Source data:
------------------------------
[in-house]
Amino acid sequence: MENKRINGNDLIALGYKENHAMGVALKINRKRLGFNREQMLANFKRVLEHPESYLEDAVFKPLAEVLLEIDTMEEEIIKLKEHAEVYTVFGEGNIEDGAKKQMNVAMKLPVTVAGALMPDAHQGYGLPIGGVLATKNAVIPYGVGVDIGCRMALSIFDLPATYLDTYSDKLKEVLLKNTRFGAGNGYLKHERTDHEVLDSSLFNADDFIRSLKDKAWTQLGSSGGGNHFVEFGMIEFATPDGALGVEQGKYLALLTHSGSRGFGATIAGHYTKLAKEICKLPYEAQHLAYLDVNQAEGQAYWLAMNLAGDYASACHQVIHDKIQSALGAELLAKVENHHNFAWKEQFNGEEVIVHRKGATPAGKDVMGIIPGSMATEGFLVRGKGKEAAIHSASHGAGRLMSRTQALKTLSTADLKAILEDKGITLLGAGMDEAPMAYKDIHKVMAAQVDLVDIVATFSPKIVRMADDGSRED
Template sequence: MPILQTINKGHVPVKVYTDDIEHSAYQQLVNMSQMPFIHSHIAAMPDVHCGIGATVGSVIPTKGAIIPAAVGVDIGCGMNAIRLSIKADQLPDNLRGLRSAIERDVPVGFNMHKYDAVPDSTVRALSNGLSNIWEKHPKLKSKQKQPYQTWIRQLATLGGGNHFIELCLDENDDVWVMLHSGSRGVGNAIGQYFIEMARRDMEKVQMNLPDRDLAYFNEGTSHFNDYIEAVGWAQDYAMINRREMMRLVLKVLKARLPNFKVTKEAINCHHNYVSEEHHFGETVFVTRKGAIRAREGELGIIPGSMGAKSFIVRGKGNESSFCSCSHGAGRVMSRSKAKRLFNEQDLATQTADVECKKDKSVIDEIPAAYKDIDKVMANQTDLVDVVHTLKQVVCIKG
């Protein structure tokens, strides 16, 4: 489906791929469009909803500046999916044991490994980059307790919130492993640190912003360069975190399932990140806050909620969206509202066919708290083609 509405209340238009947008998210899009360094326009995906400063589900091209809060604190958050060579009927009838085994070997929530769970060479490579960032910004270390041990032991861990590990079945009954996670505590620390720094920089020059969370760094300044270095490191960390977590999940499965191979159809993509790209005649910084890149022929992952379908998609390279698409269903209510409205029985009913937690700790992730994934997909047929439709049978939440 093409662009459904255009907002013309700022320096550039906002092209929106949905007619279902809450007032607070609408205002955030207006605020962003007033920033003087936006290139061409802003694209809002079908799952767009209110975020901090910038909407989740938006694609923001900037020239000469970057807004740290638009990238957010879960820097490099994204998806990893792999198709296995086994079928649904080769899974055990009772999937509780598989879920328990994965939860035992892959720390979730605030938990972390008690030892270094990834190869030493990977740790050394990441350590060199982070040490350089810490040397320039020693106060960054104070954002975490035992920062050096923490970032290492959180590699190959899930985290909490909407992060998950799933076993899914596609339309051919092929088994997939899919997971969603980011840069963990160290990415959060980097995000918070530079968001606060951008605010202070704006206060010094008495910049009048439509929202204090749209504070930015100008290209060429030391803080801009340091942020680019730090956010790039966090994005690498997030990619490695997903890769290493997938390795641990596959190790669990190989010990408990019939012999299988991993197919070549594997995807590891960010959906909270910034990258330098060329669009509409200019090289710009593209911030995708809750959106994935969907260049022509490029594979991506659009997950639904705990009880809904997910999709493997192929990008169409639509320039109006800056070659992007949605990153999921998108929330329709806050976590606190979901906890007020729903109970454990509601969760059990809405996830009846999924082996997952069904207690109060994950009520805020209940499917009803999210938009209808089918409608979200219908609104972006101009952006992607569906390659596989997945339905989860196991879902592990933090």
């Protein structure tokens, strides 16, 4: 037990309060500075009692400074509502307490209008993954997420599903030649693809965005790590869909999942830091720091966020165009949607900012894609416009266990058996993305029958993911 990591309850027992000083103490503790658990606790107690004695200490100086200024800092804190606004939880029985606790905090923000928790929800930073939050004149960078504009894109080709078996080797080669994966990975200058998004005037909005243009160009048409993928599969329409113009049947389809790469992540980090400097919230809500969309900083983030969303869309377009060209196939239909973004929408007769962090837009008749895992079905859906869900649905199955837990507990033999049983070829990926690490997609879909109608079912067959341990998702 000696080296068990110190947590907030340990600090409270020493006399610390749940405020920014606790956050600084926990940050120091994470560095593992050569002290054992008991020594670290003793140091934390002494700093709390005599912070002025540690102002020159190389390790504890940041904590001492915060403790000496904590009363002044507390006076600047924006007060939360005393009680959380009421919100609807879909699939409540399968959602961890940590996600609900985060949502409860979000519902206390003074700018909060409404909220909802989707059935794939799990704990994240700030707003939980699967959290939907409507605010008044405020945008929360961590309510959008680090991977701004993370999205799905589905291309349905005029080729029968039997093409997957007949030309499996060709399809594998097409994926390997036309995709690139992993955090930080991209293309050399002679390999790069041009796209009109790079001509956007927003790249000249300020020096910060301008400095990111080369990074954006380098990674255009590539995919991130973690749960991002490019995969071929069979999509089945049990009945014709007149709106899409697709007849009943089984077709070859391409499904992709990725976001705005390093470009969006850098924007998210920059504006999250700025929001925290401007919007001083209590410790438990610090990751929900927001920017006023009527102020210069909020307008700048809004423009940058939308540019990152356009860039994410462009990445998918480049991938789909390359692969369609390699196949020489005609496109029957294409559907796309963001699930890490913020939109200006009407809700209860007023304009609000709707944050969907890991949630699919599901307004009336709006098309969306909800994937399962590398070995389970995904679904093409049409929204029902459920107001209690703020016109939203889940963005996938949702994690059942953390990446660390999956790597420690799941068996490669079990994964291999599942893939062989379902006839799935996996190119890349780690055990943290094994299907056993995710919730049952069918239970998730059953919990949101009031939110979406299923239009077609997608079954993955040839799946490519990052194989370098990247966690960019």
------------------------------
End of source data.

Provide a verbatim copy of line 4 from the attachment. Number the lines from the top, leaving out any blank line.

């Protein structure tokens, strides 16, 4: 489906791929469009909803500046999916044991490994980059307790919130492993640190912003360069975190399932990140806050909620969206509202066919708290083609 509405209340238009947008998210899009360094326009995906400063589900091209809060604190958050060579009927009838085994070997929530769970060479490579960032910004270390041990032991861990590990079945009954996670505590620390720094920089020059969370760094300044270095490191960390977590999940499965191979159809993509790209005649910084890149022929992952379908998609390279698409269903209510409205029985009913937690700790992730994934997909047929439709049978939440 093409662009459904255009907002013309700022320096550039906002092209929106949905007619279902809450007032607070609408205002955030207006605020962003007033920033003087936006290139061409802003694209809002079908799952767009209110975020901090910038909407989740938006694609923001900037020239000469970057807004740290638009990238957010879960820097490099994204998806990893792999198709296995086994079928649904080769899974055990009772999937509780598989879920328990994965939860035992892959720390979730605030938990972390008690030892270094990834190869030493990977740790050394990441350590060199982070040490350089810490040397320039020693106060960054104070954002975490035992920062050096923490970032290492959180590699190959899930985290909490909407992060998950799933076993899914596609339309051919092929088994997939899919997971969603980011840069963990160290990415959060980097995000918070530079968001606060951008605010202070704006206060010094008495910049009048439509929202204090749209504070930015100008290209060429030391803080801009340091942020680019730090956010790039966090994005690498997030990619490695997903890769290493997938390795641990596959190790669990190989010990408990019939012999299988991993197919070549594997995807590891960010959906909270910034990258330098060329669009509409200019090289710009593209911030995708809750959106994935969907260049022509490029594979991506659009997950639904705990009880809904997910999709493997192929990008169409639509320039109006800056070659992007949605990153999921998108929330329709806050976590606190979901906890007020729903109970454990509601969760059990809405996830009846999924082996997952069904207690109060994950009520805020209940499917009803999210938009209808089918409608979200219908609104972006101009952006992607569906390659596989997945339905989860196991879902592990933090």